A former synagogue in Dalston is now a mosque for Turkish Cypriots and anyone else who wishes to worship there.
I have visited Kingsland Road so many times, but never ventured east of it along Shacklewell Lane until today. This time, the bus from Newington Green, a route we had not used previously, deposited us outside the UK Turkish Islamic Trust, a mosque on Shacklewell Lane.
This mosque is housed in a former synagogue, the ‘Stoke Newington Synagogue’, which despite its name is closer to Dalston than Stoke Newington. It opened in 1903, after the English banker and entomologist, the Honourable Nathan Charles Rothschild (1877-1923), a member of the famous Rothschild family, laid a memorial stone.
This stone mentions that the building’s architect was Lewis Solomon (1848-1928), Honorary Architect to the Federation of Synagogues, and, also, Architect and Surveyor to the United Synagogue. The synagogue’s treasurer was, at that time Gustave Tuck (1857-1942), Chairman and Managing Director of Raphael Tuck and Sons, Ltd (a well-known producer of illustrated postcards; see: https://tuckdb.org/history). University College London, which I attended as a student, has a lecture theatre named in his memory.
During its heyday (in the 1950s), the synagogue had over 500 male seat-holders (see: http://www.jewishgen.org/jcr-uk/London/stokenewington/index.htm). The congregation was Ashkenazi Orthodox. The synagogue closed in 1976, when its congregation merged with that of Hackney Synagogue.
In 1977, the newly formed UK Turkish Islamic Trust began to make moves to acquire the former synagogue to convert it for use as a mosque for the Turkish Cypriot community (see: http://www.ukturkishislamictrust.co.uk/building-history.html). In 1983, a dome was added to the building, otherwise many of the synagogue’s original architectural features have been preserved.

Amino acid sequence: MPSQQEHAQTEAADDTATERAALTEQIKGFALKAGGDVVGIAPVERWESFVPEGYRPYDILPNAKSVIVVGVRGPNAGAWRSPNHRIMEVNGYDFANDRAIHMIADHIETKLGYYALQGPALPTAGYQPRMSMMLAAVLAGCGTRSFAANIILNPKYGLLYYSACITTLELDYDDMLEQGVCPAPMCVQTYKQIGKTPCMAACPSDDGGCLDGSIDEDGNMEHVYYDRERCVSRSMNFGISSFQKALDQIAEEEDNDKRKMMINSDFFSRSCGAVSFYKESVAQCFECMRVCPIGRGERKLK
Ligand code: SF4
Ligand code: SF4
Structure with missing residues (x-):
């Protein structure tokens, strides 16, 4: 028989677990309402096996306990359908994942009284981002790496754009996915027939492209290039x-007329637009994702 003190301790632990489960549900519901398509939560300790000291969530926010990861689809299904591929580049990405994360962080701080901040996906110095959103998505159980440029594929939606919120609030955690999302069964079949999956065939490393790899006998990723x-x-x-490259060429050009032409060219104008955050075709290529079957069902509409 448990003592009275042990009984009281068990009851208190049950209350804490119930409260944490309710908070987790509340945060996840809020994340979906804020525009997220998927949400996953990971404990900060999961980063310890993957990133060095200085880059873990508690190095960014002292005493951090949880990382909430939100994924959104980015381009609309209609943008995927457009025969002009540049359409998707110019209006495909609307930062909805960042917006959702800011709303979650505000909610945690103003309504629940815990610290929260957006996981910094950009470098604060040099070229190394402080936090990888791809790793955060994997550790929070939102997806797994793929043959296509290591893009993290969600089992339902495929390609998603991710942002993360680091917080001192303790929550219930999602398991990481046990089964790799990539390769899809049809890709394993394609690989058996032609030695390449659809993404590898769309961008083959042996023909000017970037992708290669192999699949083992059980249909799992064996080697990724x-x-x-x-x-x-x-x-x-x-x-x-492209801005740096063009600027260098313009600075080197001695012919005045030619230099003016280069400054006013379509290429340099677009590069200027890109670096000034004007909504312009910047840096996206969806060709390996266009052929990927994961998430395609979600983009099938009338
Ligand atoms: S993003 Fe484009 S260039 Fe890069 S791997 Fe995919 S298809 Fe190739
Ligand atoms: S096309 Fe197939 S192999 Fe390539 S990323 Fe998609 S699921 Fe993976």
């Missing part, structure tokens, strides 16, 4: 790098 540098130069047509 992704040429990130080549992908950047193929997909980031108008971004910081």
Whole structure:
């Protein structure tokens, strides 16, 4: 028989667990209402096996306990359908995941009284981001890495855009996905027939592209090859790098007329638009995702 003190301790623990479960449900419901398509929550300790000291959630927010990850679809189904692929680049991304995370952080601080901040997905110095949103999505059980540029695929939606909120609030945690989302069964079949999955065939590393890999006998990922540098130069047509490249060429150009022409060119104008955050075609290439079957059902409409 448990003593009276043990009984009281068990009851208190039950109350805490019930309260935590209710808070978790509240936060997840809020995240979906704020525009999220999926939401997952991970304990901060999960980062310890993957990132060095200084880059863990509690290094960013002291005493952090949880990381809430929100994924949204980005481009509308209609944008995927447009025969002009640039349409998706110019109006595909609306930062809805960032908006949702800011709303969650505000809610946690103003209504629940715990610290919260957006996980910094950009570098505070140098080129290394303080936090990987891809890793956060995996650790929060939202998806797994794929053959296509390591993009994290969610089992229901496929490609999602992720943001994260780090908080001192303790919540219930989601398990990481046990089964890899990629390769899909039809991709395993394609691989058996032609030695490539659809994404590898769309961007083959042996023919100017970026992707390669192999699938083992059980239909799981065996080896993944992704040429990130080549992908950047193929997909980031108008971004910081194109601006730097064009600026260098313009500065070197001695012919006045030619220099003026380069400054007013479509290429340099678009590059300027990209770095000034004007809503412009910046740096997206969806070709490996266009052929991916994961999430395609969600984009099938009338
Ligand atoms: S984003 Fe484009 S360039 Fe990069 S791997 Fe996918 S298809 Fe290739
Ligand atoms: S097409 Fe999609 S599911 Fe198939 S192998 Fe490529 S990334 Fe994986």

The UK Turkish Islamic Trust was founded by Ramadan H Guney (1932-2006), the owner of the enormous Brookwood Cemetery (in Surrey) since 1983. Mr Guney emigrated to the UK from Cyprus in 1958. He began a business selling ethnic music recordings to London’s Turkish communities. When we arrived at the mosque, we were greeted by Ramadan’s welcoming daughter Zerin, who, with her brother, run the establishment. She allowed us to look inside the mosque. I visited the downstairs section where men pray, and my wife was taken to the first-floor gallery, which is reserved for women, as it was when the building was a synagogue.
We chatted to Zerin about the mosque and, also, about eating Turkish food in the neighbourhood. The two restaurants she recommended, Umut 2000 in Crossway and Mangal 1 in Arcola Street, are also our favourites amongst the Turkish restaurants in Dalston. She added that another place to go for really good Turkish food was Green Lanes in Harringay. In particular, she recommended Gökyüzü (26-27 Grand Parade, Harringay, London N4 1LG).
After a couple of bus journeys, we reached Gökyüzü, a large modern restaurant surrounded by many other Turkish eateries. We had not reserved, and there was not a problem finding a table in this vast restaurant. The dining area is spacious, airy, and modern – subtly stylish. As soon as we sat down, we were given menus and, before ordering, the following complementary items were placed in front of us: a generous mixed salad, freshly baked bread, and a yoghurt with cucumber dip (cacik). We ordered fried liver (Arnavut Ciğeri, or ‘Albanian liver’) and Iskender Kebab (döner kebab with cubes of bread in a spicy tomato sauce with yoghurt). Both dishes were very good. After this modest meal, we ordered glasses of Turkish tea, which, we later discovered were ‘on the house’. Service was friendly and efficient, and the prices were quite reasonable.
If it had not been for my interest in the history of London’s Jewish community, we would not have met the delightful Zerin Guney, and would not necessarily have made the fruitful journey to Green Lanes.